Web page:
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Online retailer charged with privacy violations

Online retailer charged with privacy violations

The state attorney general in Missouri this week filed a lawsuit against More.com charging that the US-based online health-products retailer violated the privacy policy posted on its Web site by releasing customer data to a third-party company.

In addition to violating its privacy policy, Missouri attorney general, Jay Nixon charged, More.com is deceiving users of the Web site by not informing them that it contains so-called "Web bugs" used to track the activities of visitors.

A Web site "should not be selling consumers' personal information to other businesses when the site's privacy policy clearly states that information won't be shared [with] others," Nixon said in a statement.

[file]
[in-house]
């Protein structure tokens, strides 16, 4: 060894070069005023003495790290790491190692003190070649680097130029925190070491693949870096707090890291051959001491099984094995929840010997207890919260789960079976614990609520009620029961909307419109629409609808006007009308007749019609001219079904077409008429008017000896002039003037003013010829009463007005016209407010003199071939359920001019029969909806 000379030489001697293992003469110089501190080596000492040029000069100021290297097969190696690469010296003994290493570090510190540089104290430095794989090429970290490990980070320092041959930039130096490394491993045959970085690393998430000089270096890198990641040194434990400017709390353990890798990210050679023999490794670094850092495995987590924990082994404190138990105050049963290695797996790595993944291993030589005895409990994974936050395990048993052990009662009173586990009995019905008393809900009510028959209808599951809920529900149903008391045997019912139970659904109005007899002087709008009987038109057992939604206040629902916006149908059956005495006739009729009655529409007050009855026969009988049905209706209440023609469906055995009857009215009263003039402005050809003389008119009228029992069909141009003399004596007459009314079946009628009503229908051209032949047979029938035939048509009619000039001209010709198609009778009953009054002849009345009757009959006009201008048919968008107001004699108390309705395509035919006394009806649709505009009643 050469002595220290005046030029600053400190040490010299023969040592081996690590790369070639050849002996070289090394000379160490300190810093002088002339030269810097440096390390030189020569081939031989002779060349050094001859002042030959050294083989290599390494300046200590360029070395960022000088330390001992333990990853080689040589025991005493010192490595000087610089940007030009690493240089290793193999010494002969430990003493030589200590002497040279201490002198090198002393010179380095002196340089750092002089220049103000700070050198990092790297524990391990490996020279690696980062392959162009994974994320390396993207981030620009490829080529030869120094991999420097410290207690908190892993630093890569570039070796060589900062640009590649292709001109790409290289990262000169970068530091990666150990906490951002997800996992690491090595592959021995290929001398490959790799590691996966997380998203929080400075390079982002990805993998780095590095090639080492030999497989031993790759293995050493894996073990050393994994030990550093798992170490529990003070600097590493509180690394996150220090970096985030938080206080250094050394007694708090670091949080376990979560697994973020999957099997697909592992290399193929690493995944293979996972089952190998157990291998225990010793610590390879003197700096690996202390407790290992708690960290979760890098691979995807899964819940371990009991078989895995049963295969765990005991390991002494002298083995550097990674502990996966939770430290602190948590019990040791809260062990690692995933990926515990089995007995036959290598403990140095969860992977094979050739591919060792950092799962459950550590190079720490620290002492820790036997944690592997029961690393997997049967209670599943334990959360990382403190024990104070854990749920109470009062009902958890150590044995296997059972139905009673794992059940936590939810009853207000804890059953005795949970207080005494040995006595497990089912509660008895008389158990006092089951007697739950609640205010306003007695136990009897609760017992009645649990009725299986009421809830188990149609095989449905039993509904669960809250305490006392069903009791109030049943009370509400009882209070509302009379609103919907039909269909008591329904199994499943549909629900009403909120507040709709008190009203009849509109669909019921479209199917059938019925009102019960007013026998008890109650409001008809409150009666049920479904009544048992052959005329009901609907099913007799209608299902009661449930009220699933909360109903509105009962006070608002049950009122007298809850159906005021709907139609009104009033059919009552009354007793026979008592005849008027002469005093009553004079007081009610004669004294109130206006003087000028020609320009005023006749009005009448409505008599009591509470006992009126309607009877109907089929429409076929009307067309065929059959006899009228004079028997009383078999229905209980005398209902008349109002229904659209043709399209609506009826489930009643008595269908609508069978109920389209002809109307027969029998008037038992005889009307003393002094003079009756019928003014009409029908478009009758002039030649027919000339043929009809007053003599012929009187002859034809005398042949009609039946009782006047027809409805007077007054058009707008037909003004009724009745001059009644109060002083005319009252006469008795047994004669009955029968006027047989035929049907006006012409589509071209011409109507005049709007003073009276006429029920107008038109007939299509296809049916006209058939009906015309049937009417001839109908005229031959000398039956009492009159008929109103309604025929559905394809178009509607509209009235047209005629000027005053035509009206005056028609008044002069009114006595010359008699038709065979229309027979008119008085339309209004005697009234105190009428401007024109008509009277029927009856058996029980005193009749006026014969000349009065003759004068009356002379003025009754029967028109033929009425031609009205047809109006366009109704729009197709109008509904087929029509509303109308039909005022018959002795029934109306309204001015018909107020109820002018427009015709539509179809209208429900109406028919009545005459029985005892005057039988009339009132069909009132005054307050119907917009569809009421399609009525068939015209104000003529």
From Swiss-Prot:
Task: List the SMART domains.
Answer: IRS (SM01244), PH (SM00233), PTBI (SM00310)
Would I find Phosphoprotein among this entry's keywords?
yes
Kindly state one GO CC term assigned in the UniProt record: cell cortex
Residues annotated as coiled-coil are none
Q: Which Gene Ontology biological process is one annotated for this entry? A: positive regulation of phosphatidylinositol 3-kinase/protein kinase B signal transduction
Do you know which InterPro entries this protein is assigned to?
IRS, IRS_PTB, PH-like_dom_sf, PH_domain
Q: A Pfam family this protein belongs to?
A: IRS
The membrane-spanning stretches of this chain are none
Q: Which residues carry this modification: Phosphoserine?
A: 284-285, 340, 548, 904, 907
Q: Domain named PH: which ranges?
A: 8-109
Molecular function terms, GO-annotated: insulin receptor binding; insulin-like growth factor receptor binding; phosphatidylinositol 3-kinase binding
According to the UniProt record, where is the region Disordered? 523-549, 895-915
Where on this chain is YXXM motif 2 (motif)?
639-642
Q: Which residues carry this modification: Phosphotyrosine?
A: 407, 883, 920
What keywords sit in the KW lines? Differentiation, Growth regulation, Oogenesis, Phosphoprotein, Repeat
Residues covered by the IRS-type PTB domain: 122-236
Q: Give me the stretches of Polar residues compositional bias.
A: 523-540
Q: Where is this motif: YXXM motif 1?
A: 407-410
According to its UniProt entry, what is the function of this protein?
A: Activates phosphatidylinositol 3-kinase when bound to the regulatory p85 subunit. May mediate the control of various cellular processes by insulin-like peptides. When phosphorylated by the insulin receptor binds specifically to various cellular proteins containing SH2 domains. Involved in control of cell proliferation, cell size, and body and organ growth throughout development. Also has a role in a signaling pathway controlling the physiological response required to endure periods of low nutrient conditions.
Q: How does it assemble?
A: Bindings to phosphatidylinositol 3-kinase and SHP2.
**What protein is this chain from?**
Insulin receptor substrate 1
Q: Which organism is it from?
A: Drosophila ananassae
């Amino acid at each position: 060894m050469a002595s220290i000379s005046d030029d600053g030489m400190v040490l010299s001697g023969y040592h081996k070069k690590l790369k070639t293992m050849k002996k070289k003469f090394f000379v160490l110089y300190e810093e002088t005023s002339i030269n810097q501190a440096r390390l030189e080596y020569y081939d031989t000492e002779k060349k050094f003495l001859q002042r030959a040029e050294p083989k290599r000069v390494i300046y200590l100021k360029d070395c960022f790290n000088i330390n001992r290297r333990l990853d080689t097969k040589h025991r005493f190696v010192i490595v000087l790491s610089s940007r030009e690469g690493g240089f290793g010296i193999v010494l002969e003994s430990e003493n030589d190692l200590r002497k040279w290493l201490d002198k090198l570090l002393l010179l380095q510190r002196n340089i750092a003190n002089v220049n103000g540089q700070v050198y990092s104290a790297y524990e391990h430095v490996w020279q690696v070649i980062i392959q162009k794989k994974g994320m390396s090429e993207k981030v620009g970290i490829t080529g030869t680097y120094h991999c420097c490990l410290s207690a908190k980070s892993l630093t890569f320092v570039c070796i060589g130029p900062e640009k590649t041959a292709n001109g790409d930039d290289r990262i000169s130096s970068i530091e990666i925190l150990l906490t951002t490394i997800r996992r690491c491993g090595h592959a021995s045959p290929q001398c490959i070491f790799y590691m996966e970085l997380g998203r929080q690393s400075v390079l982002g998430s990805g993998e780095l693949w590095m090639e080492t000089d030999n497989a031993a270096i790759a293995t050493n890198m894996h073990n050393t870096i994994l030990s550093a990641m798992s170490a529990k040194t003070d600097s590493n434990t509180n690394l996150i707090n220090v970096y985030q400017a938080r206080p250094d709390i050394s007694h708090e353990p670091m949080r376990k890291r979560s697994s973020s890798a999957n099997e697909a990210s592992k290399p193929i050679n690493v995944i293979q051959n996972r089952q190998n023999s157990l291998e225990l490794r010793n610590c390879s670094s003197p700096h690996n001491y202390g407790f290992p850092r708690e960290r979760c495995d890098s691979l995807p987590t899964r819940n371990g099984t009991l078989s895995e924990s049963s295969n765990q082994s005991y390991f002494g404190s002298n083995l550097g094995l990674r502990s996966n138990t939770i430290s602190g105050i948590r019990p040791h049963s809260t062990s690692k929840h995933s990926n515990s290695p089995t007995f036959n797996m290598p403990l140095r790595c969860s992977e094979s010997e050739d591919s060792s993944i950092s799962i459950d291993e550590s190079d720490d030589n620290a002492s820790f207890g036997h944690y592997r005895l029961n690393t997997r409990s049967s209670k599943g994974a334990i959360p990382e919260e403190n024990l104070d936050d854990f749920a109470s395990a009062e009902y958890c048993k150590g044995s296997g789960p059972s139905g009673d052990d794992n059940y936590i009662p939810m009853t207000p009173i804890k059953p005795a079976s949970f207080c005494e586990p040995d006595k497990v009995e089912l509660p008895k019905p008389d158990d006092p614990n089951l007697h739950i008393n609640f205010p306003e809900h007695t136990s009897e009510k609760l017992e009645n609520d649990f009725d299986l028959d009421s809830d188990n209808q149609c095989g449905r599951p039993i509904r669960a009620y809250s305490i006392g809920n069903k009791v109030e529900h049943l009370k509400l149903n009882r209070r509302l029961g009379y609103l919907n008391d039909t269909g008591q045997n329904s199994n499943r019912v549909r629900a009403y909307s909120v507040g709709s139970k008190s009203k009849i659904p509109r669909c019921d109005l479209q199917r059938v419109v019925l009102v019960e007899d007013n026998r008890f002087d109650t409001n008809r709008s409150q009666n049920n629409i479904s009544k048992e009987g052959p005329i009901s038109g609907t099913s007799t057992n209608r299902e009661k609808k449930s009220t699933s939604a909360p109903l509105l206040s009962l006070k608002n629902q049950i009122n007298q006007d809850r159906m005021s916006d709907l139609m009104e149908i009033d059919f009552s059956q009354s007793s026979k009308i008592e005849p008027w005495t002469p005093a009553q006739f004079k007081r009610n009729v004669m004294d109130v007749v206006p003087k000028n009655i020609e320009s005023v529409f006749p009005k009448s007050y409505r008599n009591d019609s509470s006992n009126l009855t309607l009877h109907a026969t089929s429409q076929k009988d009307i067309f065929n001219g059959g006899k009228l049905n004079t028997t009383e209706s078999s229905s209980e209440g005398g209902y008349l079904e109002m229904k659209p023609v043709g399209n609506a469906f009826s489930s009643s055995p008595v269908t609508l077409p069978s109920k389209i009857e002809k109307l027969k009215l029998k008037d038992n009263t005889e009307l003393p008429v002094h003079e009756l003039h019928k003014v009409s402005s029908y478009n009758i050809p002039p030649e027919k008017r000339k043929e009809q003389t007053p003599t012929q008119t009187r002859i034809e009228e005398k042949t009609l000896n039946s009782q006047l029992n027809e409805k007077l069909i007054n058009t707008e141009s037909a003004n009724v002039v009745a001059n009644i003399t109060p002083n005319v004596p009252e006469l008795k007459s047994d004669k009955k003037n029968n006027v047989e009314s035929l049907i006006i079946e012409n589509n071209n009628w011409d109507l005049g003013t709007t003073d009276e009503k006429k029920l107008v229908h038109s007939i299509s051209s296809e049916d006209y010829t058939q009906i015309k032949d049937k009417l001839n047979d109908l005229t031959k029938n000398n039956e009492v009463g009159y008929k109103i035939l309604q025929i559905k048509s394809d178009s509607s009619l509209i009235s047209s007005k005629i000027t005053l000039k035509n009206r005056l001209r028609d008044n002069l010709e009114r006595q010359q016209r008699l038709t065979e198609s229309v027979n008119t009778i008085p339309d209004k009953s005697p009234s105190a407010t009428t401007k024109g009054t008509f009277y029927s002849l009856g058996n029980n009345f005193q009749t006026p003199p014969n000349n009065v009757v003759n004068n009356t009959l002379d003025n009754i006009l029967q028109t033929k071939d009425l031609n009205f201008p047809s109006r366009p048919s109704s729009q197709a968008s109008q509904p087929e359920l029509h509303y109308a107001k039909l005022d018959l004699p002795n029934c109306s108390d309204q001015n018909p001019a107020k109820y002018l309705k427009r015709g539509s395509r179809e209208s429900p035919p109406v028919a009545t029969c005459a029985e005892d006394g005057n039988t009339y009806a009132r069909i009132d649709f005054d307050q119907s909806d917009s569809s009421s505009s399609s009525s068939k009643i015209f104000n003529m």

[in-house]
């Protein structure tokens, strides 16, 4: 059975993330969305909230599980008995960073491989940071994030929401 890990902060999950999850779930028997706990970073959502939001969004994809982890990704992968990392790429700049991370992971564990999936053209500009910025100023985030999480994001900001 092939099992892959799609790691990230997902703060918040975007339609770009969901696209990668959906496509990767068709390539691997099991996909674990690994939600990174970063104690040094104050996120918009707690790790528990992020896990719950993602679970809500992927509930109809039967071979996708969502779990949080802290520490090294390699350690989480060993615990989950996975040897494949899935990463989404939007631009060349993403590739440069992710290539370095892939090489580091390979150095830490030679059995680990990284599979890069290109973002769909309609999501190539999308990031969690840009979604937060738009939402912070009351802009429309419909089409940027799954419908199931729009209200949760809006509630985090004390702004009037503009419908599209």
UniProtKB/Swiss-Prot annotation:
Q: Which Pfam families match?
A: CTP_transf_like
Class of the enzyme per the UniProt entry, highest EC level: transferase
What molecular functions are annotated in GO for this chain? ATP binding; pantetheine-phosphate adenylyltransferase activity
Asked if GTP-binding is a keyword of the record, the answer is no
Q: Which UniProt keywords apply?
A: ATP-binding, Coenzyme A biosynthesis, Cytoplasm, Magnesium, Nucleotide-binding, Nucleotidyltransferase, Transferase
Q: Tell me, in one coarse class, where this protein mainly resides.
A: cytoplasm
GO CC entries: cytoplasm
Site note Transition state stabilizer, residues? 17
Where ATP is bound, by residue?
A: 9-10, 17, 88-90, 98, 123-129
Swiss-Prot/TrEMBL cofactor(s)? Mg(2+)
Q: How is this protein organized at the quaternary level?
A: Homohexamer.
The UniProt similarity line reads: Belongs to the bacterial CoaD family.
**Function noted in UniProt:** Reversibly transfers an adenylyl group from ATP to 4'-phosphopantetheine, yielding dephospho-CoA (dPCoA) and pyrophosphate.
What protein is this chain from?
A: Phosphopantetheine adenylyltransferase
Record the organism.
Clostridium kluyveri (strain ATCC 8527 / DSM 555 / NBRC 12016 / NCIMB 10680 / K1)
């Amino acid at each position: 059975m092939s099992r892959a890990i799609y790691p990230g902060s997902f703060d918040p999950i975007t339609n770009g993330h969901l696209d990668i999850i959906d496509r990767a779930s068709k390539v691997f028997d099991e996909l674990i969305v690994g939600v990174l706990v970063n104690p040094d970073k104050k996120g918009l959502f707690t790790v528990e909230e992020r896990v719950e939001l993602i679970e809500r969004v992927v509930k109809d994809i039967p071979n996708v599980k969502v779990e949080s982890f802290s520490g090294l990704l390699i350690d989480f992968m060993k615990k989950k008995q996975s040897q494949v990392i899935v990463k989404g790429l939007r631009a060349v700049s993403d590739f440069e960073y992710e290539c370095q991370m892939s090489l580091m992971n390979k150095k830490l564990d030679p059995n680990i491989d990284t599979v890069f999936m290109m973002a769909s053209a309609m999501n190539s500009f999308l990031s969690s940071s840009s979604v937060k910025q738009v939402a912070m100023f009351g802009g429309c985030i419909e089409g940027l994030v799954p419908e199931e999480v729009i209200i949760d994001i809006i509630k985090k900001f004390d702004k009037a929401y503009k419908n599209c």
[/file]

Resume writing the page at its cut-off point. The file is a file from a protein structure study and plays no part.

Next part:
According to Nixon, the suit was filed after an investigator in his office tried unsuccessfully to order contact lenses through the More.com Web site using an assumed name. The investigator was then solicited to purchase lenses by a third party even though he hadn't contacted that company under the assumed name. That amounts to a violation of More.com's privacy policy, Nixon alleged.

However, while More.com's privacy policy promises that it won't "give, sell or rent" the personal information of online shoppers to other entities "for purposes other than fulfilling" orders, the policy does go on to specify that a third-party company is used to fill and ship contact lens purchases.

The suit against More.com could be the catalyst for more such action and signals privacy watchdogs and government regulators are increasingly becoming aware of civil liberty issues around the potentially invasive functionality of Websites.


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